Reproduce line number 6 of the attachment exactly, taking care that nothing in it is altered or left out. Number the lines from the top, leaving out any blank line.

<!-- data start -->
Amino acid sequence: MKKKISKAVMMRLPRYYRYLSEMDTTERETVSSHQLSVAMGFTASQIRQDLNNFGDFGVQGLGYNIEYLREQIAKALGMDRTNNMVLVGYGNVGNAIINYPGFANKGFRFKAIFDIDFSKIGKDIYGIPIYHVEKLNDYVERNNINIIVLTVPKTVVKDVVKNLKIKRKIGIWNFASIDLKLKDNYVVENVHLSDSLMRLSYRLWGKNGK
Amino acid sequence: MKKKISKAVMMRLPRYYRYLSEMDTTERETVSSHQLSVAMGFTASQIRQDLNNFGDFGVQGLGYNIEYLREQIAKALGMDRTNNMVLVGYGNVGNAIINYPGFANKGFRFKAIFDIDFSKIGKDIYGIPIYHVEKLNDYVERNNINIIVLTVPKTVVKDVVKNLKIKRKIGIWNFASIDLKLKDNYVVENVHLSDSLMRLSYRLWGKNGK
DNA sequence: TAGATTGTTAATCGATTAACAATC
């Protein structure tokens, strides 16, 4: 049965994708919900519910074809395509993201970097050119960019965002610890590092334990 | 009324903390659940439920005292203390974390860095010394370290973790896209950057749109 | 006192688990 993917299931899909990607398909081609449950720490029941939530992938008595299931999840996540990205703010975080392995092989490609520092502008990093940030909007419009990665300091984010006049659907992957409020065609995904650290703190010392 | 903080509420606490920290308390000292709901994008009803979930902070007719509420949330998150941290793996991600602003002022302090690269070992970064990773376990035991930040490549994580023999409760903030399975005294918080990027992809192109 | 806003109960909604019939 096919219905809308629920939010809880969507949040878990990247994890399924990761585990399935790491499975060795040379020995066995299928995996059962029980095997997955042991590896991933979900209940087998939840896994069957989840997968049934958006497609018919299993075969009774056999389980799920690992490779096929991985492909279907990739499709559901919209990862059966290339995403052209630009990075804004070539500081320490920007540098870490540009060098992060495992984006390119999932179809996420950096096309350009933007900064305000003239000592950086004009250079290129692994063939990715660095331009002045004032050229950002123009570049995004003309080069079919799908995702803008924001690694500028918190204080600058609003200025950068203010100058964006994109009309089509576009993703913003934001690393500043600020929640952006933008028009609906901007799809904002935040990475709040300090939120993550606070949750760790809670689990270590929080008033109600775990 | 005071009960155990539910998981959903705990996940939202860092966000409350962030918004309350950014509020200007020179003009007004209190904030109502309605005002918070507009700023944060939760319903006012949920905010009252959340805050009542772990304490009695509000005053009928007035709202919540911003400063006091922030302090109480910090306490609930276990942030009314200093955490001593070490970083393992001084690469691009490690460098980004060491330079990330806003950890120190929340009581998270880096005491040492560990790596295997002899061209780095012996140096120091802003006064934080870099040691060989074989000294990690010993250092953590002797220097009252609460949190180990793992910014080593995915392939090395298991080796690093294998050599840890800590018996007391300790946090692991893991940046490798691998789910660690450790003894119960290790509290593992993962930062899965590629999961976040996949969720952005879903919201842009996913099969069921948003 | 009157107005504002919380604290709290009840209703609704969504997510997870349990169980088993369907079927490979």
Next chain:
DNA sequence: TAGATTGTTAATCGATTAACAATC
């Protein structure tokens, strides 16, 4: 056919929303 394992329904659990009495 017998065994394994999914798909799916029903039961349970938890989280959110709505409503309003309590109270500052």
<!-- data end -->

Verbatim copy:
DNA sequence: TAGATTGTTAATCGATTAACAATC